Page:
Writing is finally about one thing: going into a room and doing it. William Goldman.
The bottom line is that we all know this but if you have a paper or report to write, a thesis to complete or a proposal to develop how good are you at actually getting down to writing? Are you disciplined about sitting down and getting on with the task in hand or do you find a hundred and one more important things to do?
When you settle down with your computer to write if you need to look something up on the internet do you, 10 clicks later, find yourself engrossed in some amazing website that has absolutely nothing to do with what you were looking up? Then the things being shared in this weeks exploration may be of interest.
The first is PhD2Published which I discovered last November when I came across academic writing month (#AcWriMo). PhD2Published organises AcWriMo and describes it as an annual academic write-a-thon held every November which unites people by the common goal of developing better and more sustainable writing habits. Over 1000 people participate and, if you want to be part of a writing community, it is a fun way to feel connected as part of a global community with other academics who are in supportive, writing mode. At the start of November you declare publicly your writing goal and throughout the month a range of social media are used to help you to keep motivated and on target and to share your ups and downs. If you want to find out more here is the link and I have put a reminder in my diary to flag it up again as the time approaches.
As well as AcWriMo the PhD2Published site comprises a compilation of hundreds of blog posts organised under the headings of journal articles, books, conference papers, grants, digital publishing, academic practice and resources (websites and tools). In terms of supporting your writing whether it is an abstract for a conference, a chapter in a book or a grant application it is worth exploring this site and the resources and tools it links you to.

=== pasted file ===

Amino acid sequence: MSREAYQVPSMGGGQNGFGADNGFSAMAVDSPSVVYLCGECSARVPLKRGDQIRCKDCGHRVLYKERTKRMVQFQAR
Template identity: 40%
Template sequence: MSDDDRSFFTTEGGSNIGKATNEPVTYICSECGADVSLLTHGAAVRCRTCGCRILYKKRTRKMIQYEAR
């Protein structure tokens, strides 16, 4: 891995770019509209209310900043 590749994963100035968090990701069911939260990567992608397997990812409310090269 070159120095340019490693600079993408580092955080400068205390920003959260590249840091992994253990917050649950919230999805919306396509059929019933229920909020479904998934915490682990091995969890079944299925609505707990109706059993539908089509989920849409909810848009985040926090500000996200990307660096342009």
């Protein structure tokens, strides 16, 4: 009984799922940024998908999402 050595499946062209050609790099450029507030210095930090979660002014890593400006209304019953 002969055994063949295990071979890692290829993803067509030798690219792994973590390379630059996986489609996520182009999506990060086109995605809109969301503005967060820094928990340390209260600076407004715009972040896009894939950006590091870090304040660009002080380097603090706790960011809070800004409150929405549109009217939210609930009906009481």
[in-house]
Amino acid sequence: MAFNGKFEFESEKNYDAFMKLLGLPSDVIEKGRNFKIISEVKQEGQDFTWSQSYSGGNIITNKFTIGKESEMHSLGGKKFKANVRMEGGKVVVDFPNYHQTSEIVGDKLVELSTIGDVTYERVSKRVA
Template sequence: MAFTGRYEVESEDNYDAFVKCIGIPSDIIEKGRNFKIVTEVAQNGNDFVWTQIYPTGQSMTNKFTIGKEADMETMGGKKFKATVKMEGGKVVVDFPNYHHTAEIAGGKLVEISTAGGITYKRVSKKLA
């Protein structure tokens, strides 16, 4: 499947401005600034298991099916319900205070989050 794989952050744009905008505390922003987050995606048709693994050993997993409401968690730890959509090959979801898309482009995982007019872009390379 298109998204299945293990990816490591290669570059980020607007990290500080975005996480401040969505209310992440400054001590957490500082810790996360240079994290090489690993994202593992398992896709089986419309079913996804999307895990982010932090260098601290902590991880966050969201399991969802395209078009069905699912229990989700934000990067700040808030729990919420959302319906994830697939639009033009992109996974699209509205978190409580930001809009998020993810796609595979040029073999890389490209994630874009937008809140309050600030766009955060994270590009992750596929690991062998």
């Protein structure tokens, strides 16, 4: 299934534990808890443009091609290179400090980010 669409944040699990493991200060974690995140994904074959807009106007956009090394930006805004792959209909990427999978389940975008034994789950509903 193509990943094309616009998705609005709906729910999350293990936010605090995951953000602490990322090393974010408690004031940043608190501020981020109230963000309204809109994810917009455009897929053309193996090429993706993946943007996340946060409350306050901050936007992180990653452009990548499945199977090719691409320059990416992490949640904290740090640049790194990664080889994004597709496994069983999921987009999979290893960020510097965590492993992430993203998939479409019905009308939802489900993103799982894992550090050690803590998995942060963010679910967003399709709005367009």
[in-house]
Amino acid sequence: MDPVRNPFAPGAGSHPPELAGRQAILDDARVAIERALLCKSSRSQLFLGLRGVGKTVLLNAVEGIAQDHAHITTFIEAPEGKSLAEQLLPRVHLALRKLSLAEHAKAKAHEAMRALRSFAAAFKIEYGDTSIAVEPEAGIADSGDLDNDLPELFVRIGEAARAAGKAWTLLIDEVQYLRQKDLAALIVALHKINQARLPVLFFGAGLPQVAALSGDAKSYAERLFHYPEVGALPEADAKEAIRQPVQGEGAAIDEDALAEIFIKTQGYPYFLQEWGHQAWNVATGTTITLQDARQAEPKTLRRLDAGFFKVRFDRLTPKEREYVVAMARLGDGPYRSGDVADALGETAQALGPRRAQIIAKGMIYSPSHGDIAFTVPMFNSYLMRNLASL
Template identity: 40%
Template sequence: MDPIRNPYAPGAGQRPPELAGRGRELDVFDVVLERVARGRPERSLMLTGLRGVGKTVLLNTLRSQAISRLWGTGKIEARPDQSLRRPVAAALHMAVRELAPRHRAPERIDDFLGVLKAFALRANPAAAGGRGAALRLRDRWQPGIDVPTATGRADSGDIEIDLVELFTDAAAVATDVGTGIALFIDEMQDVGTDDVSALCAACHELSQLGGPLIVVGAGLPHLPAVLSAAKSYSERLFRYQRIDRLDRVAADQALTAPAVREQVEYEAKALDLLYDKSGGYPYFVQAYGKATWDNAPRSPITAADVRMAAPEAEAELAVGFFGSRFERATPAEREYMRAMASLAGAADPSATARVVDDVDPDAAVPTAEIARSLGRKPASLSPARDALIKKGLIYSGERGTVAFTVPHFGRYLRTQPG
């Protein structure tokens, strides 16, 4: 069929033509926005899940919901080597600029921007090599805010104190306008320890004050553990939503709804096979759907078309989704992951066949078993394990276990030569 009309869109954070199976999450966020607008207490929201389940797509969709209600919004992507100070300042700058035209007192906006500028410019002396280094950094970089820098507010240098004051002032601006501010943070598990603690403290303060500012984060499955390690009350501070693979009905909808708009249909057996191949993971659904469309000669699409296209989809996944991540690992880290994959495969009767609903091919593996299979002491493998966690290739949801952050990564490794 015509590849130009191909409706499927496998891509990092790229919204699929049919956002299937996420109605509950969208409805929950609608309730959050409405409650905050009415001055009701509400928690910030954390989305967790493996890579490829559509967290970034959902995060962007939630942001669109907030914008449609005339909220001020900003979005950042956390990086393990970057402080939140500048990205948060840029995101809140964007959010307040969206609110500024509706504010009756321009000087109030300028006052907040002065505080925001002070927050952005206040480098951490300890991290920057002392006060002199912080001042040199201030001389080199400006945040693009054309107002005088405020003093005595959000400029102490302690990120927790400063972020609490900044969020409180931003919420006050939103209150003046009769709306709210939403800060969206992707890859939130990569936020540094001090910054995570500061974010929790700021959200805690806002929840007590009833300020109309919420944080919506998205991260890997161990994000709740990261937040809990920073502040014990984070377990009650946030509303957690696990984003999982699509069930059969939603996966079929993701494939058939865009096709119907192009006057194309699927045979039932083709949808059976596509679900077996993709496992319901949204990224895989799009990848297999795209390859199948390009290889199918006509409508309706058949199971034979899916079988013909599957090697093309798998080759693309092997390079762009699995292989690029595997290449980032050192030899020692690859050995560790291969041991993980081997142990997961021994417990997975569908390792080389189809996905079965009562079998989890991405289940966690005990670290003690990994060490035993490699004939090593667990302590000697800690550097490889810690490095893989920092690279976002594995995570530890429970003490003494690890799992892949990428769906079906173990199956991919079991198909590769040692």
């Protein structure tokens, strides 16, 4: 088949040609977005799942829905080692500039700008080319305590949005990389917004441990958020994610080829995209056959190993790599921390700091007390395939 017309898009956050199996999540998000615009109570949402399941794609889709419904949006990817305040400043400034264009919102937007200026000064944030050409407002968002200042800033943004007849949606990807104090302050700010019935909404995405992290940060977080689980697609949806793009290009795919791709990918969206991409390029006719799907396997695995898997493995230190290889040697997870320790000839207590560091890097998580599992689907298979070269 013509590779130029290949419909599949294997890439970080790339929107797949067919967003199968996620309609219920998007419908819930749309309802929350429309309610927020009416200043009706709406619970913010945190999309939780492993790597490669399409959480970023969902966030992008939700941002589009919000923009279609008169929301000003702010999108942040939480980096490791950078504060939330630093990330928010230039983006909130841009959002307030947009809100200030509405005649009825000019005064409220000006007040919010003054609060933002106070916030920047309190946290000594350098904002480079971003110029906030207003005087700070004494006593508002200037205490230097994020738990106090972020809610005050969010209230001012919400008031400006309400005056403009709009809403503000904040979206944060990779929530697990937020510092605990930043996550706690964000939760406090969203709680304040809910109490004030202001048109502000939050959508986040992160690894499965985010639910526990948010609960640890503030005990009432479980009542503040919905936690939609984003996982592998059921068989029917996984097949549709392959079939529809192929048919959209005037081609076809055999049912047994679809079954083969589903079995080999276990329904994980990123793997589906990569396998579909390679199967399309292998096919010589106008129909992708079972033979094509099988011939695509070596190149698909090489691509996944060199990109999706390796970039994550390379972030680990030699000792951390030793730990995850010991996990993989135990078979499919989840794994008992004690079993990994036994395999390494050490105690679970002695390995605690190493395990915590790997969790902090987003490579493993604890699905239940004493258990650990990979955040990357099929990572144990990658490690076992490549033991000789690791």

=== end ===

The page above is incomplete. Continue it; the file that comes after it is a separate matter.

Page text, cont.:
It was whilst I was following academic writing month that I came across 2 other writing strategies which caught my attention Pomodoro and Shut up and Write.
The Pomodoro Technique is a time management technique which can be used as a strategy to help you maintain focus when you sit down to write. The basic principle is to work in 25 minute blocks. You set a timer for 25 minutes (and yes you can actually buy a bright red pomodoro) and write without distraction for this length of time. When time is up get up and have a 5 minute break. At the end of 5 minutes reset the timer and continue writing for another 25 minutes. If you are on a roll and string 4 pomodoros together at the end of the fourth you take a 30 minute break. There is a little more to it than that, but not much, and all of the details are on the site.
Shut up and Write Tuesdays are based around the pomodoro technique and have been developed to help academics not only structure their writing time but also connect with others. Writing can be a lonely activity and this approach, started in San Fransisco, aims to bring people together to write. The idea is to identify a suitable location and space, meet together and write in silence for an hour with a 5 minute break (2 pomodoros) and then socialise over coffee after. The rationale is that, the discipline and shared sense of purpose that comes from writing with others also keeps you accountable and reminds you that you aren’t alone. So here is a pretty straight forward idea for setting up a writing group with colleagues or fellow students.
If the shut up and write approach appeals but you don’t have a group to write with there is also a virtual Shut up and Write group on the first and third Tuesday of each month @SUWTUK. If the time for the UK session doesn’t suit check out the other times zones as there are 3 virtual groups running in different time zones.
Three resources to support your writing. As always it would be great to hear about the things you have found useful so please share.